487 F.3d 979: Ronald Dale Bachman, Petitioner-appellant, v. Margaret Bagley, Warden, Respondent-appellee
United States Court of Appeals, Sixth Circuit. - 487 F.3d 979
Argued: April 25, 2007 Decided and Filed: May 18, 2007
ARGUED: Juliet Johnson Karastelev, Jones Day, Washington, DC, for Appellant. M. Scott Criss, Office of the Attorney General, Columbus, Ohio, for Appellee. ON BRIEF: Juliet Johnson Karastelev, Jones Day, Washington, DC, for Appellant. Stuart A. Cole, Office of the Attorney General, Columbus, Ohio, for Appellee.
Before: GUY, COLE, and McKEAGUE, Circuit Judges.
McKEAGUE, Circuit Judge.
Ronald Dale Bachman appeals the district court's decision that his petition for a writ of habeas corpus was untimely, arguing that his adjudication as a sexual predator under Ohio law effectively reopened the judgment against him and restarted the statute of limitations period. For the reasons that follow, we affirm.
On July 14, 1995, Bachman was convicted in Ohio state court of four counts of rape and one count each of sexual battery, corruption of a minor, endangering children, and gross sexual imposition, stemming from twelve years of weekly rape and molestation of his daughter, beginning when she was five years old. He was sentenced to life imprisonment. His conviction was affirmed by the Ohio Court of Appeals on September 23, 1996, and the Ohio Supreme Court denied him leave to appeal on January 29, 1997. On April 12, 2004, the Ohio court before which Bachman originally had been tried conducted an adversary proceeding pursuant to the requirements of Ohio's sex offender registration law, which had been substantially amended effective January 1, 1997. See Ohio Rev.Code § 2950.09. The court determined that Bachman was a "sexual predator." The Ohio Court of Appeals affirmed that determination on December 13, 2004.
On July 10, 2000, Bachman filed a petition for a writ of habeas corpus making various constitutional challenges to his original conviction. On June 24, 2003, the district court denied the petition as untimely under 28 U.S.C. § 2244(d)(1)(A). Bachman now timely appeals that denial to this court. In addition, on July 7, 2005, he filed a subsequent petition for a writ of habeas corpus with the district court, challenging his designation as a sexual predator.
"Whether this Court has subject-matter jurisdiction is a question of law that this Court reviews de novo." Coles v. Granville, 448 F.3d 853, 860 (6th Cir.2006) (citing Kruse v. Village of Chagrin Falls, 74 F.3d 694, 697 (6th Cir.1996)). The government argues that this court lacks jurisdiction to entertain Bachman's appeal of the denial of his habeas petition because "the district court denied all of the grounds for relief contained within Bachman's habeas petition," and therefore the statute of limitations issue is essentially moot; Bachman did not mention his sexual predator designation in his original habeas petition; and he is challenging his sexual predator designation in a separate habeas petition now pending before the district court. Appellee's Brief at 14. Of these three reasons, only the first raises an issue that would actually affect this court's jurisdiction.1 See Cleveland Branch, NAACP v. City of Parma, 263 F.3d 513, 530 (6th Cir.2001) ("A federal court has no authority to render a decision upon moot questions or to declare rules of law that cannot affect the matter at issue.").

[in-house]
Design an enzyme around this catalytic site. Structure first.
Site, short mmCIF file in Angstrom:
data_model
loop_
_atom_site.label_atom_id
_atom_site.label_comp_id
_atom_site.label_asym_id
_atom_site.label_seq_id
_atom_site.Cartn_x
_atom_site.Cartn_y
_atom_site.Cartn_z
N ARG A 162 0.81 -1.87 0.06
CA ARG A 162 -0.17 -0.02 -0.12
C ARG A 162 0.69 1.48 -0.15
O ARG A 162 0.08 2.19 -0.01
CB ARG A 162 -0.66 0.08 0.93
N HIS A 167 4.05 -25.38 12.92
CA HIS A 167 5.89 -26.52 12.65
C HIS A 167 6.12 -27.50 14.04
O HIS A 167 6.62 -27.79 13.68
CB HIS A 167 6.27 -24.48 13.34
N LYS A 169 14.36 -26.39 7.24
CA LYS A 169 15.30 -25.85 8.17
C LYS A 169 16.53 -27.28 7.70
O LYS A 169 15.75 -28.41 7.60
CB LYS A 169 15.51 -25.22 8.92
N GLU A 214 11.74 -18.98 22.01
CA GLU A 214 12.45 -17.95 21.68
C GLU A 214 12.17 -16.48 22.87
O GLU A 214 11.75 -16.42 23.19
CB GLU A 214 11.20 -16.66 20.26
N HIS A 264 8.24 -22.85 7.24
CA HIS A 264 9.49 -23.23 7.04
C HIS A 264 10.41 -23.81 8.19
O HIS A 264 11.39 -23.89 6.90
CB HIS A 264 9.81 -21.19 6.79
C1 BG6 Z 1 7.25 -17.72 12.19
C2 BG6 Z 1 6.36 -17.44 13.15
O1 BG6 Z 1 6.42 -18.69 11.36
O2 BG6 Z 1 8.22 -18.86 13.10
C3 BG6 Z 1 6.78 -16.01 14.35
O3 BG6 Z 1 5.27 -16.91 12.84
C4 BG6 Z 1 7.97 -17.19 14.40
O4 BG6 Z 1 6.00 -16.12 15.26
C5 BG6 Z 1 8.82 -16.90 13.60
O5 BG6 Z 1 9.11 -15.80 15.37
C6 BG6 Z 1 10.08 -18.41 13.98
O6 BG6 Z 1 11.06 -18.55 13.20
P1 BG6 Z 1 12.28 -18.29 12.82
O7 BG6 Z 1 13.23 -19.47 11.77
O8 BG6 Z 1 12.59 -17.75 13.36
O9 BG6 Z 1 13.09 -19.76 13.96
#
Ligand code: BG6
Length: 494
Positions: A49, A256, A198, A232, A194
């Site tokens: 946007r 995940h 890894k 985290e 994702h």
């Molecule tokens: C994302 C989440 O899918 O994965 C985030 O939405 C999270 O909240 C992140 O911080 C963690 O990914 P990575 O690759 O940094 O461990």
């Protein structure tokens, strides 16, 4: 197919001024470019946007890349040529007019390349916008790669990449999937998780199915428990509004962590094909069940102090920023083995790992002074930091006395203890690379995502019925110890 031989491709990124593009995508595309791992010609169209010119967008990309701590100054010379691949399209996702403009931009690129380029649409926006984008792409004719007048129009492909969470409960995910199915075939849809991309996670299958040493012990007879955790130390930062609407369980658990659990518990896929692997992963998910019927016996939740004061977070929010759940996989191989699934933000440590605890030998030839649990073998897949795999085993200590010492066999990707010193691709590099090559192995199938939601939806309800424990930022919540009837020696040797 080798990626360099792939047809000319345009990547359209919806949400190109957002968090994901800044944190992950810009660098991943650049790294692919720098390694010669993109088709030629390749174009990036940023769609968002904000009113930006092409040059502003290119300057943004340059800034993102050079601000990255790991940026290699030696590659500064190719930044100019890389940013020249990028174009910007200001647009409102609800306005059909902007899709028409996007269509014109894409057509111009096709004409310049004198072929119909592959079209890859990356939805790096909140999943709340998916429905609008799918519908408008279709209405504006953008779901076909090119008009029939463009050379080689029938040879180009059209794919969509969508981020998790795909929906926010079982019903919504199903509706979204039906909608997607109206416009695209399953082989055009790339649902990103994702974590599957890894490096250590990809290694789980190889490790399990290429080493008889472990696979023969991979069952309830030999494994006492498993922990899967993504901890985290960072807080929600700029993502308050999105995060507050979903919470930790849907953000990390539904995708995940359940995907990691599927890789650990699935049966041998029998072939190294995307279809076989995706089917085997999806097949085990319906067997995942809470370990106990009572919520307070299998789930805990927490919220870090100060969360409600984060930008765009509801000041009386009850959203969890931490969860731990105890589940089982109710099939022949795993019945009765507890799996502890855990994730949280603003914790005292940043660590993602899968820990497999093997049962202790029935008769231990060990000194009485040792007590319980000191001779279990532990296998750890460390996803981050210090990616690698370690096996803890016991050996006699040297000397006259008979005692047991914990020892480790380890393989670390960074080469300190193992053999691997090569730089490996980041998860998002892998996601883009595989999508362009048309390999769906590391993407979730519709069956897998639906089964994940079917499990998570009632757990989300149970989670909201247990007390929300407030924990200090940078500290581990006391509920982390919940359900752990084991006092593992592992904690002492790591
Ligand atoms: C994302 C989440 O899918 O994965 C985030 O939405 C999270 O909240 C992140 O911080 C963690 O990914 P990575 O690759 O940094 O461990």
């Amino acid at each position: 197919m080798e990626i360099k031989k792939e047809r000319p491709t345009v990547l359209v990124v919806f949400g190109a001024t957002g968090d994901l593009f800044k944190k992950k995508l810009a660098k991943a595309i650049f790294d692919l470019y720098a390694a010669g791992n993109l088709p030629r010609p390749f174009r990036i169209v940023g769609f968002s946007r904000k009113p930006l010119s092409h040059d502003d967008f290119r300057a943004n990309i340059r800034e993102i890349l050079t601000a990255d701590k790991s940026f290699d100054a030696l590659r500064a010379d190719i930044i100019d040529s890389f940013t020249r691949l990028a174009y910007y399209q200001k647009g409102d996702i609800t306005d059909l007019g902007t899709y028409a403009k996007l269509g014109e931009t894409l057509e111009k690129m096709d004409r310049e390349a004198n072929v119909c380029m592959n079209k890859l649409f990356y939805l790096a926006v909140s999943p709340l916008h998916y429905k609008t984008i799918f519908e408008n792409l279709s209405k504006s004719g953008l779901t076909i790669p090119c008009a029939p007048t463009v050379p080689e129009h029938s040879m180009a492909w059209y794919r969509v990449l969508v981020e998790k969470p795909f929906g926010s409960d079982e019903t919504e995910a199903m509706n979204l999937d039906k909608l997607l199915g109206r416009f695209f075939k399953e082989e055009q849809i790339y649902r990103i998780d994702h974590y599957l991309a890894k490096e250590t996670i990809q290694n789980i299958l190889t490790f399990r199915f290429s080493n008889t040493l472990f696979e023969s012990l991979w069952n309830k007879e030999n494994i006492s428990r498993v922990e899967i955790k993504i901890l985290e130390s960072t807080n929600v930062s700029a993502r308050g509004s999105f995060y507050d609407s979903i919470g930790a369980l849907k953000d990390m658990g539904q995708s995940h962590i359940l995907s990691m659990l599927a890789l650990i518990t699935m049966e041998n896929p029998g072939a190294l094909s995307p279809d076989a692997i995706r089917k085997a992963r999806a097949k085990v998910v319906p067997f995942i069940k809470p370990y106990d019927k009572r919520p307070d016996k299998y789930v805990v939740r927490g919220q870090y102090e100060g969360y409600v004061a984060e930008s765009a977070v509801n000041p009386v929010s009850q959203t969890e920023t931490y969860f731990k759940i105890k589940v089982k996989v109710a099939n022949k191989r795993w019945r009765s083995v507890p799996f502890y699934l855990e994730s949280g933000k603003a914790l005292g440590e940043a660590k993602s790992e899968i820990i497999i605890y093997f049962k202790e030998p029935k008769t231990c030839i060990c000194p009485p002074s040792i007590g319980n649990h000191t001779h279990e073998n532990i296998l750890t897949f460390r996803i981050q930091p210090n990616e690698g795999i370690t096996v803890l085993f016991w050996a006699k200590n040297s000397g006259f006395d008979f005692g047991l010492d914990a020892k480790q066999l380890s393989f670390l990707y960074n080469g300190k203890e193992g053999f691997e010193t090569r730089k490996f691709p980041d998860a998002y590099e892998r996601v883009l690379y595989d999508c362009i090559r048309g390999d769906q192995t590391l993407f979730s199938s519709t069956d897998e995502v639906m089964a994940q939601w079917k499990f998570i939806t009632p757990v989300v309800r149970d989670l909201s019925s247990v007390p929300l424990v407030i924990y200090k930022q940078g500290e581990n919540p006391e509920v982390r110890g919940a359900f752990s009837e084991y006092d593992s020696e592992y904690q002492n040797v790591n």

The government's mootness argument relies on the supposition that the district court's denial of Bachman's petition included a rejection on the merits. The report and recommendation of the magistrate judge recommends the denial of the petition on statute of limitations grounds, but offers as an alternative recommendation the conclusion "that Bachman's appellate counsel provided constitutionally ineffective assistance because she failed to assert as error the admission into evidence of the opinion of a social worker as to the veracity of the victim." Report & Recommendation at 2. This was one of the three claims of error presented in Bachman's habeas petition.2 The other two were a Confrontation Clause violation based on the district court's refusal to admit evidence that the victim had testified in a previous proceeding to sexual abuse by her grandfather, and ineffective assistance of trial counsel based on the fact that trial counsel called the nurse practitioner who examined the victim as a witness for the defense.